These two Reuters photos, one picturing a black woman reading Harper Lee’s “Go Set a Watchman,” and a white man with his granddaughter anticipating its arrival, visualize an America that remains divided along racial lines.
Alongside each other, they are a study in contrast: different contexts, different races, different genders. The more immediate question they raise, though, is: Who is invited to see themselves as Watchman’s audience? If these pictures were meant to assuage anxieties regarding contemporary race relations – “Look, these Americans are sharing a common experience!” – they actually do the opposite. In fact, they picture two different Americas.
The black woman’s “America” is contemporary and metropolitan, as suggested by her clothing: sweatshirt, cargo pants, and hoop earrings, as well as the Barnes & Noble tote bag; the coffee to-go; and the franchise’s wooden chairs that only look relaxing. (And, on a separate note, it may even bring to mind Starbucks’s ill conceived “Race Together” campaign.)
The woman’s face (Given Atticus’s character development) seems to reflect a story she knows all too well – the story of this nation’s histories of micro- and macro-aggressions against non-white citizens. Lost in Lee’s prose, her expression seems steadfast, but unapproachable. Except for the sunlight on the woman’s face, the interior is mostly dark and shadowy. That uninviting quality, paired with her expression, makes me feel voyeuristic – like I am sneakily going where I am not supposed to go.
As much as the photo of the black woman pushes me away, however, the photo of the white family draws me in. Here we see Tony Lyerly and his granddaughter, Mariah, waiting outside of the Ol’ Curiosities & Book Shoppe in Lee’s hometown of Monroeville, Alabama. This photo, too, amplifies elements of context and time, but in competing ways. The Lyerly’s “America” is not urban, but rural. Although the background is sheer darkness, because it’s absent any town or cityscape, we’re divorced from civilization, as if the photographer wandered upon them after traveling down a back road. (And let’s not forget that the bookstore they’re waiting at is named “Ol’ Curiosities,” a textual reinforcement of the setting through its phrasing.)
The photo of the Lyerlys also presents as rural because of the overalls, t-shirt, and short-sleeve collared shirt – a “farmer-ly” aesthetic that comes across as plain, simple, yet sturdy. While the first picture reads as a “photo of the now,” this second one almost seems like Tony and Mariah stepped out of a page of the book they are waiting to purchase.
Of course, the “history” of the photo is challenged by the glow of the screen that lights up Mariah’s face. (And just look at that face, aglow with an innocent curiosity that is almost infectious.). But while the lighting in the first photo is uninviting, the light from Tony’s screen pulls not only Mariah into the medium– it also pulls viewers into the photo, as well. Warm and welcoming (while someone else might say, reeking of Southern hospitality), I don’t feel at all like a voyeur, at all. It makes me want to sit alongside the Lyerlys.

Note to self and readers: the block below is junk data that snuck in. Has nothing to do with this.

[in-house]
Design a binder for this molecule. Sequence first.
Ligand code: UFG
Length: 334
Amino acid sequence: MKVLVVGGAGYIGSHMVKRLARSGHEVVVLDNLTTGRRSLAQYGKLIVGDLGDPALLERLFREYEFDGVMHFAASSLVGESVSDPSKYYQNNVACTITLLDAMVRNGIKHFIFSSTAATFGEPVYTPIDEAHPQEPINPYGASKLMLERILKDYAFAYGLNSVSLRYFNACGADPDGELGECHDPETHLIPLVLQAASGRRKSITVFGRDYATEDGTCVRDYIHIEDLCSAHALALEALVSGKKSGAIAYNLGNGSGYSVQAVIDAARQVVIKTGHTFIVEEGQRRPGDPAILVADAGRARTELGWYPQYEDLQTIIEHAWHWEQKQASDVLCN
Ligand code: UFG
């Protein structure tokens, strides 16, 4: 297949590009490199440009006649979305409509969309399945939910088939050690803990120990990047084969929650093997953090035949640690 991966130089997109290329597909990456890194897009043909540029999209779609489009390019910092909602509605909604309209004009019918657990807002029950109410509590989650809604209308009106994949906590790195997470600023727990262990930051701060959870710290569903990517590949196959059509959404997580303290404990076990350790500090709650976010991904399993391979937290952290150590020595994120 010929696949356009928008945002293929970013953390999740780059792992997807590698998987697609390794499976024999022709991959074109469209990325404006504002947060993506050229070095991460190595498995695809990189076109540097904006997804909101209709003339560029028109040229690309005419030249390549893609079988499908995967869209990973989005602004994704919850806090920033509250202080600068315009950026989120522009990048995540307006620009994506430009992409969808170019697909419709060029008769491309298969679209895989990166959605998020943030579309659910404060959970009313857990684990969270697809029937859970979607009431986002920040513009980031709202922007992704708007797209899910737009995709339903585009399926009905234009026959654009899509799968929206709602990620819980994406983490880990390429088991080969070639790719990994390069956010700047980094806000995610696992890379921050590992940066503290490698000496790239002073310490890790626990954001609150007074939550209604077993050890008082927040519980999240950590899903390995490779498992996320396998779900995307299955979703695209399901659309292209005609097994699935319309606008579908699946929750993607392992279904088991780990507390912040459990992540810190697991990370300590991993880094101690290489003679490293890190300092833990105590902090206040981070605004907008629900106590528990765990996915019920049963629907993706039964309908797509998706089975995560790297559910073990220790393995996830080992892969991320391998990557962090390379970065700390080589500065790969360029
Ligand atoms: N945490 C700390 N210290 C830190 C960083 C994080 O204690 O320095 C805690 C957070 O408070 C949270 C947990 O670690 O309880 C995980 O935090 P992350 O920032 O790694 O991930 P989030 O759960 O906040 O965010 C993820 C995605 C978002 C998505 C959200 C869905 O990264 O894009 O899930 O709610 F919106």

But as different as the people and the settings are, perhaps the most critical difference between the pictures is the access to the text. The photos suggest that the people in both images are reading “Watchman,” but the captions suggest otherwise: the African American woman is reading Lee’s novel, but the white family isn’t. They can only anticipate its arrival (even if the photo itself suggests that they are consuming Lee’s work).
So, while the African American woman is encountering aggressions and unjust race relations, the white family wants to access this text and its perspectives and ideas, but they can’t.
This photo, for me, asks us to read them as perhaps not ready to access the text that they desire. I think that there is something to be said about how that dialogues with the (white) public’s response to Atticus’s character development in Watchman. They don’t want to, or are not ready to lose Atticus as their moral protagonist — to see him as a flawed human. It shatters a myth and reveals an illusion, forcing white audiences to reckon with a past (and present) that they perhaps do not want to see.
So I raise the question again: Who, between these photos, is invited to see themselves as Watchman’s audience?
— Katie Irwin
(photo 1: Lucas Jackson/Reuters caption: A customer reads a copy of Harper Lee’s book “Go Set a Watchman” after purchasing it at a Barnes & Noble store in New York, July 14, 2015. “Go Set a Watchman,” the much-anticipated second novel by “To Kill a Mockingbird” author Harper Lee, is the most pre-ordered print title on Amazon.com since the last book in the “Harry Potter” series, Amazon said. photo 2: Michael Spooneybarger/Reuters: caption 2: Tony Lyerly and his granddaughter Maraih Lyerly, 3, wait with others to buy “Go Set A Watchman” at Ol’ Curiosities & Book Shoppe in Monroeville, Alabama July 13, 2015. In the southern hometown of author Harper Lee, a freight truck unloaded the first of 7,000 copies of “Go Set a Watchman” at a small bookshop just ahead of midnight, minutes before Tuesday’s release of Lee’s first published novel in 55 years.)